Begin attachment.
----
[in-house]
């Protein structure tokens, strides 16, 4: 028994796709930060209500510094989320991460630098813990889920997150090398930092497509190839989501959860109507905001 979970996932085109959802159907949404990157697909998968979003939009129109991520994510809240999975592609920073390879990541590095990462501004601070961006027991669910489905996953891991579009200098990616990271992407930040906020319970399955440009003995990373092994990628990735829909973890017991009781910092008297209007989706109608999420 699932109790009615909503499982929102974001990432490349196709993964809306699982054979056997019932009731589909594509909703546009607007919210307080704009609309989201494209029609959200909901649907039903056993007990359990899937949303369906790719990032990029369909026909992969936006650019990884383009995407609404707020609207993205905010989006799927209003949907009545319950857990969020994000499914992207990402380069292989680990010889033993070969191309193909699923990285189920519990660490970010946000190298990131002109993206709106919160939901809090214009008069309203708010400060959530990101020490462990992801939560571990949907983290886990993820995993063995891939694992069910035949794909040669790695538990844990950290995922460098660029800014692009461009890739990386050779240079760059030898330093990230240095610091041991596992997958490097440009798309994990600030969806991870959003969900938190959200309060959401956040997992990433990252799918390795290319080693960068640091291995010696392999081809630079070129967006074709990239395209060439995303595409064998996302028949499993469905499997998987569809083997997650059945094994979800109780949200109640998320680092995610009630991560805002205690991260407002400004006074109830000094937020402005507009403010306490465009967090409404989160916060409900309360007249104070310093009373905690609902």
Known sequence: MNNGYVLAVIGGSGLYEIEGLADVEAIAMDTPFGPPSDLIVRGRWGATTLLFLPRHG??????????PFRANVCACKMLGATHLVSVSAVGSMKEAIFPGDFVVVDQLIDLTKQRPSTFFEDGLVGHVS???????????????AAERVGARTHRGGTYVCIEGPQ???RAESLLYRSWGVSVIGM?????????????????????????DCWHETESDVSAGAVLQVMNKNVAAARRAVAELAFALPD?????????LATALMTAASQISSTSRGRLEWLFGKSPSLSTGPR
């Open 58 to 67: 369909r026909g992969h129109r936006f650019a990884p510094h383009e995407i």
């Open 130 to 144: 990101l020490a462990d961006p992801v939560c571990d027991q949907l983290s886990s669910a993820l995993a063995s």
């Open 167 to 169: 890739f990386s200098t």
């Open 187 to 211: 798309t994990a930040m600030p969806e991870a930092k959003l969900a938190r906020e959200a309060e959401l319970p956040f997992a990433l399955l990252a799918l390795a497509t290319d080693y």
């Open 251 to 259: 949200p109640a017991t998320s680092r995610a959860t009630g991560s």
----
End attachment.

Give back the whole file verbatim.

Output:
[in-house]
């Protein structure tokens, strides 16, 4: 028994796709930060209500510094989320991460630098813990889920997150090398930092497509190839989501959860109507905001 979970996932085109959802159907949404990157697909998968979003939009129109991520994510809240999975592609920073390879990541590095990462501004601070961006027991669910489905996953891991579009200098990616990271992407930040906020319970399955440009003995990373092994990628990735829909973890017991009781910092008297209007989706109608999420 699932109790009615909503499982929102974001990432490349196709993964809306699982054979056997019932009731589909594509909703546009607007919210307080704009609309989201494209029609959200909901649907039903056993007990359990899937949303369906790719990032990029369909026909992969936006650019990884383009995407609404707020609207993205905010989006799927209003949907009545319950857990969020994000499914992207990402380069292989680990010889033993070969191309193909699923990285189920519990660490970010946000190298990131002109993206709106919160939901809090214009008069309203708010400060959530990101020490462990992801939560571990949907983290886990993820995993063995891939694992069910035949794909040669790695538990844990950290995922460098660029800014692009461009890739990386050779240079760059030898330093990230240095610091041991596992997958490097440009798309994990600030969806991870959003969900938190959200309060959401956040997992990433990252799918390795290319080693960068640091291995010696392999081809630079070129967006074709990239395209060439995303595409064998996302028949499993469905499997998987569809083997997650059945094994979800109780949200109640998320680092995610009630991560805002205690991260407002400004006074109830000094937020402005507009403010306490465009967090409404989160916060409900309360007249104070310093009373905690609902």
Known sequence: MNNGYVLAVIGGSGLYEIEGLADVEAIAMDTPFGPPSDLIVRGRWGATTLLFLPRHG??????????PFRANVCACKMLGATHLVSVSAVGSMKEAIFPGDFVVVDQLIDLTKQRPSTFFEDGLVGHVS???????????????AAERVGARTHRGGTYVCIEGPQ???RAESLLYRSWGVSVIGM?????????????????????????DCWHETESDVSAGAVLQVMNKNVAAARRAVAELAFALPD?????????LATALMTAASQISSTSRGRLEWLFGKSPSLSTGPR
């Open 58 to 67: 369909r026909g992969h129109r936006f650019a990884p510094h383009e995407i």
């Open 130 to 144: 990101l020490a462990d961006p992801v939560c571990d027991q949907l983290s886990s669910a993820l995993a063995s």
């Open 167 to 169: 890739f990386s200098t």
């Open 187 to 211: 798309t994990a930040m600030p969806e991870a930092k959003l969900a938190r906020e959200a309060e959401l319970p956040f997992a990433l399955l990252a799918l390795a497509t290319d080693y």
């Open 251 to 259: 949200p109640a017991t998320s680092r995610a959860t009630g991560s």